Spotlight on Scotch

Dominating the Whisky World

Scotch is no longer reserved for old men in smoking jackets; it has increased in popularity beyond prediction and has become the preferred spirit for many people. Scotch brands now have to cope with meeting market demand when the warehouses no longer have the depth of old barrels they used to have. Consumed neat or on the rocks, cleverly being used in cocktails, and challenged by other nations that are competing for market share with their own scotch-style spirits, the game has now become quite interesting.

To be a Scotch whisky, it must be produced in Scotland from a mash of malted barley and other cereal grains, and aged in oak casks in an approved warehouse in Scotland for a minimum of three years. Although there are multiple categories of Scotch, people are most often referring to “single malt”, considered to be a premium spirit from one distillery, distilled by batch distillation in a pot still and solely made with water and malted barley−no other grains.

If a spirit does not require maturation, it is relatively easy to meet market demand by simply producing more spirit, yet if you produce a spirit, which you won’t be selling for many years, it forces you to predict the future, sometimes ten to thirty years in advance. I should clarify that age and maturation, although intertwined are not synonymous. Much like people, spirit maturity is not necessarily based on age, but is determined by chemical composition and environmental influence. We have become accustomed to Scotch being labeled with age statements, 12-year, 18-year, etc., which must always reflect the age of the youngest component. Some producers have stopped placing an age statement on the bottle and others are in transition to do so, because they no longer have the depth of old barrels to maintain consistent flavour profiles. By removing the age, they can draw from many more barrels in the warehouses to achieve what many people want anyways−a consistent, reliable dram, hardly differing from one bottle to the next. The Macallan was the pioneer of removing age statements, and they are completely aware that some of their loyal fans disagree with the decision, but let’s face it, they are protecting the consumer by keeping their products affordable and consistent−the same way they built a loyal following.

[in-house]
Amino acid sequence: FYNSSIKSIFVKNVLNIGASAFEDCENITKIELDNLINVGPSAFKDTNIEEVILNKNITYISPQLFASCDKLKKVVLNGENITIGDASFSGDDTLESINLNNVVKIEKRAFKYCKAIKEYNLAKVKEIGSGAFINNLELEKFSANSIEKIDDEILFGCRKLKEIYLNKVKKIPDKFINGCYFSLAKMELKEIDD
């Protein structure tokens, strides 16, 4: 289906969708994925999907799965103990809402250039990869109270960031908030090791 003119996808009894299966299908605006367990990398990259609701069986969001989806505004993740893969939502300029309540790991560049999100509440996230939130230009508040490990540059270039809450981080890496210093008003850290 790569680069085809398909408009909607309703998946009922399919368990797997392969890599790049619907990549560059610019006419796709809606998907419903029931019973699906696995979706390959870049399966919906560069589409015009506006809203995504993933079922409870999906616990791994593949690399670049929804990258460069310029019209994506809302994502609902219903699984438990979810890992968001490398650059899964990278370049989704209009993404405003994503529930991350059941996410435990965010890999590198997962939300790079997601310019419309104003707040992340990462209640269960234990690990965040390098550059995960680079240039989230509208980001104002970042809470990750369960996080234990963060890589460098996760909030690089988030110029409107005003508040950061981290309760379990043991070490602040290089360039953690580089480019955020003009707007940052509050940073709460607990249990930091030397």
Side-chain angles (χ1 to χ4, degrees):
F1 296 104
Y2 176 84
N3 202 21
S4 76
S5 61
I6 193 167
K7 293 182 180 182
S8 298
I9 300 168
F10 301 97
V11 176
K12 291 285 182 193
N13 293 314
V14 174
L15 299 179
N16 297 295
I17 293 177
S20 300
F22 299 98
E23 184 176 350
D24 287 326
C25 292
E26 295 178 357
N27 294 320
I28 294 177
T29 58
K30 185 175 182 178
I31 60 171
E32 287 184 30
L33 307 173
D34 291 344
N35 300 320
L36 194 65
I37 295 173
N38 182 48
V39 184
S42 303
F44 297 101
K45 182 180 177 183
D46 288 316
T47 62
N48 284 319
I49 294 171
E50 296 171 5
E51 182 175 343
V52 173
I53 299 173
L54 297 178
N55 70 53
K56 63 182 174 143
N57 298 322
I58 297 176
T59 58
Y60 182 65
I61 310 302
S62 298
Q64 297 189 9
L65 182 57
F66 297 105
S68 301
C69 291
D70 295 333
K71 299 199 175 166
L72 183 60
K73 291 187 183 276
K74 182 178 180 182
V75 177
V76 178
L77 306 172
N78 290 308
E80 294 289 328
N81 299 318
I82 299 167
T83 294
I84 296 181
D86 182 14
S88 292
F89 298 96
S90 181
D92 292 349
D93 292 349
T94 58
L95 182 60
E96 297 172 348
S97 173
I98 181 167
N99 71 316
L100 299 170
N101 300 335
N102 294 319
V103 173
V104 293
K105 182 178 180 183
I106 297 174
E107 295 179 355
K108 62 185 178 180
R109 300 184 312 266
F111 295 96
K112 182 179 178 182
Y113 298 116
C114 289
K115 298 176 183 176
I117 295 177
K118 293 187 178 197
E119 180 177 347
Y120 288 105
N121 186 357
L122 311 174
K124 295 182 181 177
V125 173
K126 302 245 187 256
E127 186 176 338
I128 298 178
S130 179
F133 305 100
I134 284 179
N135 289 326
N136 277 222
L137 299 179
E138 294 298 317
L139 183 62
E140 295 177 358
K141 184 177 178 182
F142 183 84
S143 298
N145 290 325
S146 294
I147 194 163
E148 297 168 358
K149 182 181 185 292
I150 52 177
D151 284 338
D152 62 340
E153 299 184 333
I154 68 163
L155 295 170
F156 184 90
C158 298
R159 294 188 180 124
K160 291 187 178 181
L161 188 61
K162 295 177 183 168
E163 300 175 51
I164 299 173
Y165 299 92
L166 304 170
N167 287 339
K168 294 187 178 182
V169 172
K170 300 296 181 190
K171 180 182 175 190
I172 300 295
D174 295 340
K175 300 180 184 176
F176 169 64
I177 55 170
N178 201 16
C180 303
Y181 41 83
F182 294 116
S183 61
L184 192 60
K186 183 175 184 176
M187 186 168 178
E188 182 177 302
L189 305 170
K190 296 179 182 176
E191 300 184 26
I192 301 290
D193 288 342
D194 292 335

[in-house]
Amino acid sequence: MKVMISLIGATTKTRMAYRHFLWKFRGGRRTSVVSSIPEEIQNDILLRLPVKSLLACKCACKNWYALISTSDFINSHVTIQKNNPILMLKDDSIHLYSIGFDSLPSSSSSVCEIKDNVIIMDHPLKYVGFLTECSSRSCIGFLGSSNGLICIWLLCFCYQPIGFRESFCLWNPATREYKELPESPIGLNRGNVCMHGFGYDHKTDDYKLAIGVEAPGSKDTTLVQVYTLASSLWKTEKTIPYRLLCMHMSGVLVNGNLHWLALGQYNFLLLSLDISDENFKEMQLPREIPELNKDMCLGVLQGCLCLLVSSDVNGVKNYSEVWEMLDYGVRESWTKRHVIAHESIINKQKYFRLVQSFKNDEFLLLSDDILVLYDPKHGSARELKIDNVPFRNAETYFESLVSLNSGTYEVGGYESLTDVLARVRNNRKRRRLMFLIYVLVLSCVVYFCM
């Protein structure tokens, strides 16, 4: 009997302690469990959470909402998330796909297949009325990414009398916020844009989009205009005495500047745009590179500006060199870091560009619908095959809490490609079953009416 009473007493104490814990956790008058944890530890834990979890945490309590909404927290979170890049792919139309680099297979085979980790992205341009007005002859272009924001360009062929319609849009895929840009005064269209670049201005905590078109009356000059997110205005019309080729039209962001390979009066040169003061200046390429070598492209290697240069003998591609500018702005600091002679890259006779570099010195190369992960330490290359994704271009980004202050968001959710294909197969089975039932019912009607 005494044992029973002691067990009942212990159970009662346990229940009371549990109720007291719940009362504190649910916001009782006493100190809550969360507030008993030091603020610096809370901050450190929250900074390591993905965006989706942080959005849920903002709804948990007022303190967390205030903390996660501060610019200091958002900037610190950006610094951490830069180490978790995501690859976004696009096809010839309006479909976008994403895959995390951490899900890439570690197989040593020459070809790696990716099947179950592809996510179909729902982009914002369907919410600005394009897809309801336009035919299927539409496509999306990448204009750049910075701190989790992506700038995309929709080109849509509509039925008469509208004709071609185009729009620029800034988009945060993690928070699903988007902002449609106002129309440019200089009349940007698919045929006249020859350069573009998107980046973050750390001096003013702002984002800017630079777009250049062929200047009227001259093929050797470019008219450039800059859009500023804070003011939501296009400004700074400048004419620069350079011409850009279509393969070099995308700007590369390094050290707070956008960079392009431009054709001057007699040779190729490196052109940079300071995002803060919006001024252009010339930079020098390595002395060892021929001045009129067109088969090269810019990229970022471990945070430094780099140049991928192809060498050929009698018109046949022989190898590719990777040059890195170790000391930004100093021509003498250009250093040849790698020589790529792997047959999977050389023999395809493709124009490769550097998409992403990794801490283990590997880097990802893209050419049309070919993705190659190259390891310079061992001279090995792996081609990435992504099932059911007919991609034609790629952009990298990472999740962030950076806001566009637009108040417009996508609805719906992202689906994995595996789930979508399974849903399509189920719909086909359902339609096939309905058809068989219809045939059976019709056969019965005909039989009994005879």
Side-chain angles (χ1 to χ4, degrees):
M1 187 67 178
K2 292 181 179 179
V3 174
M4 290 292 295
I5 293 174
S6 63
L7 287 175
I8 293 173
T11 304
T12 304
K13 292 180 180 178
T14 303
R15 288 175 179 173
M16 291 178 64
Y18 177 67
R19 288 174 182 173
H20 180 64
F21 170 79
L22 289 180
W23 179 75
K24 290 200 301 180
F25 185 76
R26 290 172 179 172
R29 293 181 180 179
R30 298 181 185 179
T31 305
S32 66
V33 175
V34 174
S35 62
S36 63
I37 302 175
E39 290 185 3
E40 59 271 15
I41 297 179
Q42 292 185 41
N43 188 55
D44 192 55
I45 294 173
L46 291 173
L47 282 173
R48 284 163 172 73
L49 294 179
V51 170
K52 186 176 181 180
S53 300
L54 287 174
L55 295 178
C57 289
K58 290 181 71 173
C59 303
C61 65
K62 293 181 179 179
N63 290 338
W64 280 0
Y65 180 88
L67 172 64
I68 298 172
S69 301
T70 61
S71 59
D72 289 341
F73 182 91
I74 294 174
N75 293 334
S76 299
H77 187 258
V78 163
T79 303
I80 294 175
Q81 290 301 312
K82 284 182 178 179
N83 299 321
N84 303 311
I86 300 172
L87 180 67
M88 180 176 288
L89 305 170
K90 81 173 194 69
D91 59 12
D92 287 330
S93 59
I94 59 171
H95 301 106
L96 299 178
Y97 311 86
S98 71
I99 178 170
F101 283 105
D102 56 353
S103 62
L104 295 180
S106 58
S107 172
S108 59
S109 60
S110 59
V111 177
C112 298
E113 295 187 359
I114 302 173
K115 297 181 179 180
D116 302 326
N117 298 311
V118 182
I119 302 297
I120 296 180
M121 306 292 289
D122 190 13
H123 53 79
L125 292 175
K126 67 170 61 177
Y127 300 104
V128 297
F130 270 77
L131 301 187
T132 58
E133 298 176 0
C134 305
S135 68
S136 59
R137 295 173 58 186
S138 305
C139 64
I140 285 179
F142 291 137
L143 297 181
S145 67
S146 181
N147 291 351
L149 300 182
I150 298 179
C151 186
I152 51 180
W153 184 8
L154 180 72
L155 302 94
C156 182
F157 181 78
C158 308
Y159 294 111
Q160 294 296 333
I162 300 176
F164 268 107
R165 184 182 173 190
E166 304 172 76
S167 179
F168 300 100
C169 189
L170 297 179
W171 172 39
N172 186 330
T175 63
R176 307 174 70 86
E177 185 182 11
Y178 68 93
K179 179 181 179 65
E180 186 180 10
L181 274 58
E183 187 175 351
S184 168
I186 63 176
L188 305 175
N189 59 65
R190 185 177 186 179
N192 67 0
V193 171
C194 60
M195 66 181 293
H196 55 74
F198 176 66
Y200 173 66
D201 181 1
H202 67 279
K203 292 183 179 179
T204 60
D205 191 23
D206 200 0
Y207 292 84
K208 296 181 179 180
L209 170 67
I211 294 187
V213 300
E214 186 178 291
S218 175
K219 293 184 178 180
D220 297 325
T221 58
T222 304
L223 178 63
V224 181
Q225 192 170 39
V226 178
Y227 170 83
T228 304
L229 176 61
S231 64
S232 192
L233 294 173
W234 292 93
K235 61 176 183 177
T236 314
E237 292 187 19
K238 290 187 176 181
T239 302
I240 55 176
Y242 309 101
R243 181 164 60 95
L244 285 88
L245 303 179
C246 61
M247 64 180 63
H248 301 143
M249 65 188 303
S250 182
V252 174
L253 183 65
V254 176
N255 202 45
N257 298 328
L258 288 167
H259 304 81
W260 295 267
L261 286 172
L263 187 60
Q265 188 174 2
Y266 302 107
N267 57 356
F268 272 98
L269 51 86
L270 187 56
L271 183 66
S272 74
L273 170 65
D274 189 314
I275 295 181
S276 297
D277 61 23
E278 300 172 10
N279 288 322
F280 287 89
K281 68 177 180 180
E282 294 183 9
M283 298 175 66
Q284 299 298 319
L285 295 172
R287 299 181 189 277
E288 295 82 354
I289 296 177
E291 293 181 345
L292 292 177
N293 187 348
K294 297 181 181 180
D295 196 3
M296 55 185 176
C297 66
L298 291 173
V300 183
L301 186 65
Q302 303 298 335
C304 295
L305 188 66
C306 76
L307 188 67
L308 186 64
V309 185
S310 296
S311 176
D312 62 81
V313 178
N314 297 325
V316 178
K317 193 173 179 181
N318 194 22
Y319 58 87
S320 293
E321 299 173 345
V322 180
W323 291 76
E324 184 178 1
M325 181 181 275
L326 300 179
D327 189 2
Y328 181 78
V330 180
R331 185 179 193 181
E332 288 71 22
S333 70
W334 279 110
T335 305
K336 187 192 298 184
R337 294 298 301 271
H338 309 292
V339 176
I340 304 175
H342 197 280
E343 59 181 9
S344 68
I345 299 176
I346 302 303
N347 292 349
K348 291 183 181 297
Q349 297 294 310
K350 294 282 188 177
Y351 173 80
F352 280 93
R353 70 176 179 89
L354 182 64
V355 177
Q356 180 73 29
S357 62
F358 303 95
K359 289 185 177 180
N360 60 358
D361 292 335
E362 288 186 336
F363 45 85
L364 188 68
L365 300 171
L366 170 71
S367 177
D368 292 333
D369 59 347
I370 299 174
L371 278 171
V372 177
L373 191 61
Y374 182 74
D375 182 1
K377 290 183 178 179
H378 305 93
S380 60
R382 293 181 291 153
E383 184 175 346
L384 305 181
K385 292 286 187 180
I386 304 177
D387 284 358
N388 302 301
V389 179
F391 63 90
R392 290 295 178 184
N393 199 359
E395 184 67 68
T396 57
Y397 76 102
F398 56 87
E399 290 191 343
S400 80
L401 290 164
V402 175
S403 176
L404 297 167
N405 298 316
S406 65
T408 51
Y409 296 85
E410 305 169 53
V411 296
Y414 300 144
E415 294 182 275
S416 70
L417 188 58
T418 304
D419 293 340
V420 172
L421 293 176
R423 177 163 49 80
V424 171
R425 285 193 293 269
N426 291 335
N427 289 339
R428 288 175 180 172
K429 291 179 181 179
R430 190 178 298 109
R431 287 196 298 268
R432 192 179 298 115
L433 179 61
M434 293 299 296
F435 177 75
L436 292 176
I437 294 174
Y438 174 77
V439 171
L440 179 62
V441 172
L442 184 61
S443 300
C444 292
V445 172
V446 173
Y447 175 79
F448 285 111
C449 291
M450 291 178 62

The flavour diversity of single malt Scotch is staggering, especially when we consider that it is simply made from water and malted barley in a pot still and aged in an oak barrel. The diversity has been key in bringing new fans to the category, because if you introduced a novice taster to incredibly peat-smoked Islay malt, you may turn them off of Scotch forever. However, if you introduce someone to Scotch by taking them through the sweeter, softer, gentle styles, you may eventually get them to enjoy the most intense malts.  Alternatively, a cocktail can be the perfect vehicle to bring the unique flavour profiles of single malts to more palates. It used to be sacrilege to ever mix with single malt, but a bold Australian bartender named Sam Ross, who moved to New York, decided in 2005 that the world was ready for peaty Islay malt to be the feature spirit in his now famous “Penicillin” cocktail. Combining the peat smoke with honey, lemon and ginger, the cocktail became an almost instant classic and has opened the door to single malts being used in cocktails far more often than they ever have before.

I think we can all agree that Scotch has dominated the whisky world for a long time, and because of its influence, we now have many countries producing their own single malts. Japan has been making single malts for over 100 years, and more recently India, Taiwan, and Canada have gotten into the game. Thankfully, the BC government has loosened the distillation laws, allowing more people to make spirits. It’s exciting to see a bunch of malts now being produced on the west coast. Although I feel that the new Canadian West Coast malts are a little too new to compete on an international stage, I taste potential in these juvenile drams and look forward to following their development. After all, there are areas of the coast that have very similar climates to Scotland, we produce excellent grains and have great water. All that we need is time.